The Eighteenth Sunday of the Year (C)
Dear brothers and sisters,
Today we are presented in the sacred readings with two important topics for our consideration: death and the use of earthly riches.
Both of these topics often make us uncomfortable; the first, because we do not want to die, though, curiously, we also do not want to live this life forever, and the second, because we do not often want to examine honestly our use of money.
Saint Leo the Great reminds us in no uncertain terms that the first of these two topics, death,
should be the careful consideration of wise people, that since the days of this life are short and the time uncertain, death should never be unexpected for those who are to die. Those who know that they are mortal should not come to an unprepared end (Saint Leo the Great, Sermon 90.4.1. In Ancient Christian Commentary on Scripture, New Testament Vol. III: Luke (Downers Grove, Illinois: Inter Varsity Press, 2003), 208.).
Though we know that each of us will indeed die, none of us can know when that day will come; we do not know when we may hear these words: “You fool, this night your life will be demanded of you” (Luke 12:20).
None of us likes to be called a fool, even if we are, in fact, quite foolish. This is why these words of the Lord sting so. How, then, do we avoid hearing these words, “You fool”? We do so by being foolish in the eyes of the world but wise in the sight of God.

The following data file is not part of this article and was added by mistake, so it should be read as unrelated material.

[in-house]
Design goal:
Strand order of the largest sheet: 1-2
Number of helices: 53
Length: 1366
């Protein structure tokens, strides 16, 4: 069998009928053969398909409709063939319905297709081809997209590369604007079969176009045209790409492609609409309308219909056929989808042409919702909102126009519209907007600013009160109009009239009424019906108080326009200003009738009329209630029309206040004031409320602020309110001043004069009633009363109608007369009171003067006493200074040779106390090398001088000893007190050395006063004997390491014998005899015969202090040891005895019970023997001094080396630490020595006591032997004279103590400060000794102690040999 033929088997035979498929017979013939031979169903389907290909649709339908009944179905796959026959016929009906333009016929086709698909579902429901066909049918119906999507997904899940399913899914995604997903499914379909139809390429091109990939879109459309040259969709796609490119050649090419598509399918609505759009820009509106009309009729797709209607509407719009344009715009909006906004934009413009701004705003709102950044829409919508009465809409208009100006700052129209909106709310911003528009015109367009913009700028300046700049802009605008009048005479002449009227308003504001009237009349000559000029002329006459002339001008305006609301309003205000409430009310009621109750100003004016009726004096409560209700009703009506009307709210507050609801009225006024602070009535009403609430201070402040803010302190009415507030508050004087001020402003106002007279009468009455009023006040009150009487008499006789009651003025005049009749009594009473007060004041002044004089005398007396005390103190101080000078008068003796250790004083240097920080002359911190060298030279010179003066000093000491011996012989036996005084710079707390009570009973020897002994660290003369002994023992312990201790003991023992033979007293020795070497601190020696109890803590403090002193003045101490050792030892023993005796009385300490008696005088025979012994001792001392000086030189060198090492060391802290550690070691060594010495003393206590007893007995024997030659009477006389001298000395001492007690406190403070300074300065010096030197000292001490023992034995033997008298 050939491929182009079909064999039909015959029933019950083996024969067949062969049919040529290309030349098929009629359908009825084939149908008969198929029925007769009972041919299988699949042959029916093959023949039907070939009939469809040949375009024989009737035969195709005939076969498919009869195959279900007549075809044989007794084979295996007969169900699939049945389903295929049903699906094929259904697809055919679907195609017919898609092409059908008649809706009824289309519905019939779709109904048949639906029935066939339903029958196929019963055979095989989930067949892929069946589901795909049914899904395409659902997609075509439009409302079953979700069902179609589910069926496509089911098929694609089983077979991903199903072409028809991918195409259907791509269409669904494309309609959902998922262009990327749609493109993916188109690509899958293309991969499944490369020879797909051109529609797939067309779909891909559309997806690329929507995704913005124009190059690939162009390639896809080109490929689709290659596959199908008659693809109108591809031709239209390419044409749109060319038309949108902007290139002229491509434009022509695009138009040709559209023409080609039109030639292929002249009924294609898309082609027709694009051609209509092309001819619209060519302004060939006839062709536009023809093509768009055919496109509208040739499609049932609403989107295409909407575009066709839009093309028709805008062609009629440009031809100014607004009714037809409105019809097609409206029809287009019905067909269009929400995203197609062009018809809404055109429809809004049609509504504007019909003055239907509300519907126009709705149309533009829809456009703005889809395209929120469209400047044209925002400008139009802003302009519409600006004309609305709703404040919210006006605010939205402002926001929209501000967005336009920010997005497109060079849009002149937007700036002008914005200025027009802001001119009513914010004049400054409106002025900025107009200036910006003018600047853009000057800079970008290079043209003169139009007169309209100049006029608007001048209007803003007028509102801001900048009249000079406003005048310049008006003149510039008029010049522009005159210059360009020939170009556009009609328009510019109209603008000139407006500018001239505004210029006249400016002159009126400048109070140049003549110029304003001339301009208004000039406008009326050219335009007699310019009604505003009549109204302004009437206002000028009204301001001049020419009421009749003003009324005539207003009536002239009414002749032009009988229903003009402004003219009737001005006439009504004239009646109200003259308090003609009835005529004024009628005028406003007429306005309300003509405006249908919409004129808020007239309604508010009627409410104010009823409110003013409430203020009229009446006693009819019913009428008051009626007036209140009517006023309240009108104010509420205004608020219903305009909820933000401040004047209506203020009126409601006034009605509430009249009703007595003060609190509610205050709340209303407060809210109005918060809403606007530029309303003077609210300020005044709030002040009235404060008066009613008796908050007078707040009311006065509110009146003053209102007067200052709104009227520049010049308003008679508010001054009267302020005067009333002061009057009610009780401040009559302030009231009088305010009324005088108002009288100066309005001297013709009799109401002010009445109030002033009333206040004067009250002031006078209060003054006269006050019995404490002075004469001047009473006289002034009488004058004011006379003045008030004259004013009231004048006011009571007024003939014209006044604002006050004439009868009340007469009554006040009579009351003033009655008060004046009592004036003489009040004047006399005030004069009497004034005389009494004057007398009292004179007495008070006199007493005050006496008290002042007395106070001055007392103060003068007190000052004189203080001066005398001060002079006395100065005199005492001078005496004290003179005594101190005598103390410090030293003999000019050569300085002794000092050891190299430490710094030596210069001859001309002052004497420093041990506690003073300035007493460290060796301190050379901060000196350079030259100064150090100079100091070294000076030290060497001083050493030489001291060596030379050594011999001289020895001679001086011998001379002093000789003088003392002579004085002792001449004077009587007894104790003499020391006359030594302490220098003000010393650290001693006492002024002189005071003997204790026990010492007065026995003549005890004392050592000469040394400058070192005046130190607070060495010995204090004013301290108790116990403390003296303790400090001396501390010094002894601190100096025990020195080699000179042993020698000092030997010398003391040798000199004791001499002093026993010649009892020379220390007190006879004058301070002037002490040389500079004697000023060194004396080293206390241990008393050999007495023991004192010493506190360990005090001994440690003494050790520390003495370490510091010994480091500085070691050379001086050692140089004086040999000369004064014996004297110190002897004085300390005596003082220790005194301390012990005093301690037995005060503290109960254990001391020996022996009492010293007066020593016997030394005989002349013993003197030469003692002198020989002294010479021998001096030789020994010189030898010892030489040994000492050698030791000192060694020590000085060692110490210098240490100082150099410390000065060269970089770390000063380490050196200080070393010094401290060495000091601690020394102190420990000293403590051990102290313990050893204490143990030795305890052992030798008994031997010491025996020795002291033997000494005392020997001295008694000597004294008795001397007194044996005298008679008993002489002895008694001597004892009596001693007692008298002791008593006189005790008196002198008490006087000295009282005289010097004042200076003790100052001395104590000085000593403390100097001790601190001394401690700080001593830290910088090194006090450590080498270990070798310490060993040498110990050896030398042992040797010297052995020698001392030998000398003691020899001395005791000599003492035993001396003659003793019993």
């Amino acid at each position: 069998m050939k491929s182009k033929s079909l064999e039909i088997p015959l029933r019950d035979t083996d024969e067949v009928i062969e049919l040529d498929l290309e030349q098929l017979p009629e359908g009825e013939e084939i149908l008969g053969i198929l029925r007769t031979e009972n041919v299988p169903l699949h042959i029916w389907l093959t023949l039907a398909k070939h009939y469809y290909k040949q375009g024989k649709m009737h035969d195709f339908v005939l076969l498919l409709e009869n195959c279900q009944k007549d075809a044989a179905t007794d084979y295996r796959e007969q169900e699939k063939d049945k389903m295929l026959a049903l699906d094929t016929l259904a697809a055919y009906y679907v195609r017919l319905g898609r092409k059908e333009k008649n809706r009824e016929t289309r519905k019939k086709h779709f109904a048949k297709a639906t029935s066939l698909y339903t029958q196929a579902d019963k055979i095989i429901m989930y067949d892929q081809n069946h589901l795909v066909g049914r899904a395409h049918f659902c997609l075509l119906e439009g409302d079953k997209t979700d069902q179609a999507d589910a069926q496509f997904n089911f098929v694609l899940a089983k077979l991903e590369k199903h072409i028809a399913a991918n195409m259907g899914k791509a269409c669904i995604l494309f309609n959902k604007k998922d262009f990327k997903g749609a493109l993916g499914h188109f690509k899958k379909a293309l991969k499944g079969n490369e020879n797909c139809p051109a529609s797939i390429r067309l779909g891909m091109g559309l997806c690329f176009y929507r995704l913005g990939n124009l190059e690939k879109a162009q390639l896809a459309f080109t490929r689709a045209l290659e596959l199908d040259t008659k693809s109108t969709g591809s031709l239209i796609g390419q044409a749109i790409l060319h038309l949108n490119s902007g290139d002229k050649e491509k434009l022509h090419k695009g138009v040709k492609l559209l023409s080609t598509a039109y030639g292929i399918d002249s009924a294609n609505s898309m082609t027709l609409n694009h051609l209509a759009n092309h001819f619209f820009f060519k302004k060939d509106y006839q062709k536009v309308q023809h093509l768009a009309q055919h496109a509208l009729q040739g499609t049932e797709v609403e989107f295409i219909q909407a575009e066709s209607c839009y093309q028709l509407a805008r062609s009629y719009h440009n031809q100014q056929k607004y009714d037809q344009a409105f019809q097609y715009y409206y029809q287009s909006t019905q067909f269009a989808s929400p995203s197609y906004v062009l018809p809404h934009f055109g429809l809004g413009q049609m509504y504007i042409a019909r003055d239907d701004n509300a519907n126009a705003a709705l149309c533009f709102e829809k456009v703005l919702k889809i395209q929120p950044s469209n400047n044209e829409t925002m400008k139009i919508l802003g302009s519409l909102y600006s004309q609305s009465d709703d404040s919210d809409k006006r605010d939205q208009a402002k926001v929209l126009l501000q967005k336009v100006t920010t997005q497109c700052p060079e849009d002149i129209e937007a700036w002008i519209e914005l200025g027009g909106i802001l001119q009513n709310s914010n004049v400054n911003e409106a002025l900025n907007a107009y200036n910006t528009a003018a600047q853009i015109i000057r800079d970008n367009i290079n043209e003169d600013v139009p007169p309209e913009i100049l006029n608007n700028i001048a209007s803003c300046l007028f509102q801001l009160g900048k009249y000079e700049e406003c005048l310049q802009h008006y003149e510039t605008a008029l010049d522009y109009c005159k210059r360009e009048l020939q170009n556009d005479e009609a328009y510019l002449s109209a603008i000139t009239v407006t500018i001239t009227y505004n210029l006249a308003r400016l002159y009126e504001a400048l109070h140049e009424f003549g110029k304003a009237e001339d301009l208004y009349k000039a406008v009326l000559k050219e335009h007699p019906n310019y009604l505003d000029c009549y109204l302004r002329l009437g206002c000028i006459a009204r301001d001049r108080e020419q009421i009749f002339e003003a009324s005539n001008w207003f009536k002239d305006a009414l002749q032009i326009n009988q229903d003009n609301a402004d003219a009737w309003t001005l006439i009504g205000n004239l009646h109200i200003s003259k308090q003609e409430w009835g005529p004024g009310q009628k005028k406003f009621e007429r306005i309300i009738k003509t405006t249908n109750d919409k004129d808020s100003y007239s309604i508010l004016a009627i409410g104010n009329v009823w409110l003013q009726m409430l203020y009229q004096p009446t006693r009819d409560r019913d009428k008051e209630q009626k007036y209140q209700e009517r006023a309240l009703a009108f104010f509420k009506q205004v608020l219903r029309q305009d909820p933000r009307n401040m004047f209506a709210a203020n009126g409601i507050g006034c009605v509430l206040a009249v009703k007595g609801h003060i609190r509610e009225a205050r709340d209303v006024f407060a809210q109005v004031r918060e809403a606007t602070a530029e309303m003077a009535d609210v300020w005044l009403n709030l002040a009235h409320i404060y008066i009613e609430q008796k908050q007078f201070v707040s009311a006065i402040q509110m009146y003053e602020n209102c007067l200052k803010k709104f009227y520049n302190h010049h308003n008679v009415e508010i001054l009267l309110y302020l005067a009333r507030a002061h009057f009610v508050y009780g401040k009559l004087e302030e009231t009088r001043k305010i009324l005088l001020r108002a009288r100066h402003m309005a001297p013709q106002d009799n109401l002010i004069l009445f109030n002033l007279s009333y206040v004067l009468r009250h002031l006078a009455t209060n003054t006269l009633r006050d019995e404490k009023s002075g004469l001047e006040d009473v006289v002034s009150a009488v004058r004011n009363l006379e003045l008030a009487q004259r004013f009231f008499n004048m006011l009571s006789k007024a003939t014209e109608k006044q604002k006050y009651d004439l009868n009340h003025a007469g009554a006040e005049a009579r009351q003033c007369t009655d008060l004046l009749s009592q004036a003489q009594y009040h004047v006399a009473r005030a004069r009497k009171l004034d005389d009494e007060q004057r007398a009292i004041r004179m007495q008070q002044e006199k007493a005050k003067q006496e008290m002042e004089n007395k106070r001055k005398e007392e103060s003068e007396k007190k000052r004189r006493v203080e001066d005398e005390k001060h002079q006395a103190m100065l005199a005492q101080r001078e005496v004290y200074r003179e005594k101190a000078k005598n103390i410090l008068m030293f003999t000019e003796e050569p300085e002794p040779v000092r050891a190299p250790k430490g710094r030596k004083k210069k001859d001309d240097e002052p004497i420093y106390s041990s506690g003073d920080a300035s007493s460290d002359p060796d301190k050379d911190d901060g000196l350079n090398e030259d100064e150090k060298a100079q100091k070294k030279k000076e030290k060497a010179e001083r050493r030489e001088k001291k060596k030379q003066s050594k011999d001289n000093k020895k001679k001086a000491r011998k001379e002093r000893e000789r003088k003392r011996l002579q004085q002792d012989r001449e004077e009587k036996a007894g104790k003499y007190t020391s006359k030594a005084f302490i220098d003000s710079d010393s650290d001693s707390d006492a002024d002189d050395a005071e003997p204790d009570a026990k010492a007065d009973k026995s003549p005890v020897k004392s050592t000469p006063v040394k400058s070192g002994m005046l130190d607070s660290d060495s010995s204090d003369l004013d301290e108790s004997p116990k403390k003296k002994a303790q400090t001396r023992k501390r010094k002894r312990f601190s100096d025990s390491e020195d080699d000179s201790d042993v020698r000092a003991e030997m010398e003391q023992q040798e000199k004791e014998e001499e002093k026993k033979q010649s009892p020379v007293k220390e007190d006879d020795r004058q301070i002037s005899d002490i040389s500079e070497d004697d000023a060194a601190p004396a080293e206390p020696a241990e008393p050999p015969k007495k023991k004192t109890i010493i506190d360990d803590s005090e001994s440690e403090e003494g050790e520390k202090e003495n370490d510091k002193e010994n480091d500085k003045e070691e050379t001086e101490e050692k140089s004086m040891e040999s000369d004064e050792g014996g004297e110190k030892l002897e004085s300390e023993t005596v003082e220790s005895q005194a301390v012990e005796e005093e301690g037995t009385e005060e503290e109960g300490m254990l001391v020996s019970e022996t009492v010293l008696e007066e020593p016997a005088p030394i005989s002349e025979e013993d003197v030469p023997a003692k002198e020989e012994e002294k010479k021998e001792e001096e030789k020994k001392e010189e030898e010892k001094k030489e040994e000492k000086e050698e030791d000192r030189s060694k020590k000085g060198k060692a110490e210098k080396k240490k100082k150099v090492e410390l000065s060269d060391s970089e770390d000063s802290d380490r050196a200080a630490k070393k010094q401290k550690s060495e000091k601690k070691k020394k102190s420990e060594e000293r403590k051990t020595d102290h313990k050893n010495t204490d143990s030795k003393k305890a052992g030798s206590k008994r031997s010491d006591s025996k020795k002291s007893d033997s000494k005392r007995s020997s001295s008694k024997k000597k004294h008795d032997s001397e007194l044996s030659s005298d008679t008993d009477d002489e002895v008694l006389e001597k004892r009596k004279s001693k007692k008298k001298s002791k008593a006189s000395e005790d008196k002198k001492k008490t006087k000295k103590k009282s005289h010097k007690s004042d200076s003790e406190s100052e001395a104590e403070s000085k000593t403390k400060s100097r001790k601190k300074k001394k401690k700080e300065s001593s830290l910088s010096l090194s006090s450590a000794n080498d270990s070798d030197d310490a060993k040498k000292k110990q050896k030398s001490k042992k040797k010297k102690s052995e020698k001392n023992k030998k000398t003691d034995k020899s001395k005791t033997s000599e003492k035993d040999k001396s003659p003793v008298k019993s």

That rich man in the parable of Jesus thought he was wise. Certainly he was successful, at least in terms of earthly estimation. He said to himself, “You have so many good things stored up for many years, rest, eat, drink, be merry” (Luke 12:19)!
This life on which he had decided for himself - a life of comfort, luxury and ease – is what the world tells us will bring us happiness, yet we can easily see that those who have attained it are not any happier than the poorest among us.
Their minds are occupied with keeping their wealth and they are worried about keeping their status and fame. All of this wears on the mind and heart and many come to ask themselves, “For what profit comes to man from all the toil and anxiety of heart with which he has labored under the sun” (Ecclesiastes 2:22)?
Surrounded by his many possessions and wealth, the rich man begins to ask the question which so many of the poor ask: “What shall I do” (Luke 12:17)? He asked the question to decide what to do with his wealth; the poor ask the question to decide how to acquire at least some wealth.
There in his palace in the midst of what he has amassed through the sweat of his brow and the labor of others, the man sought happiness in his riches.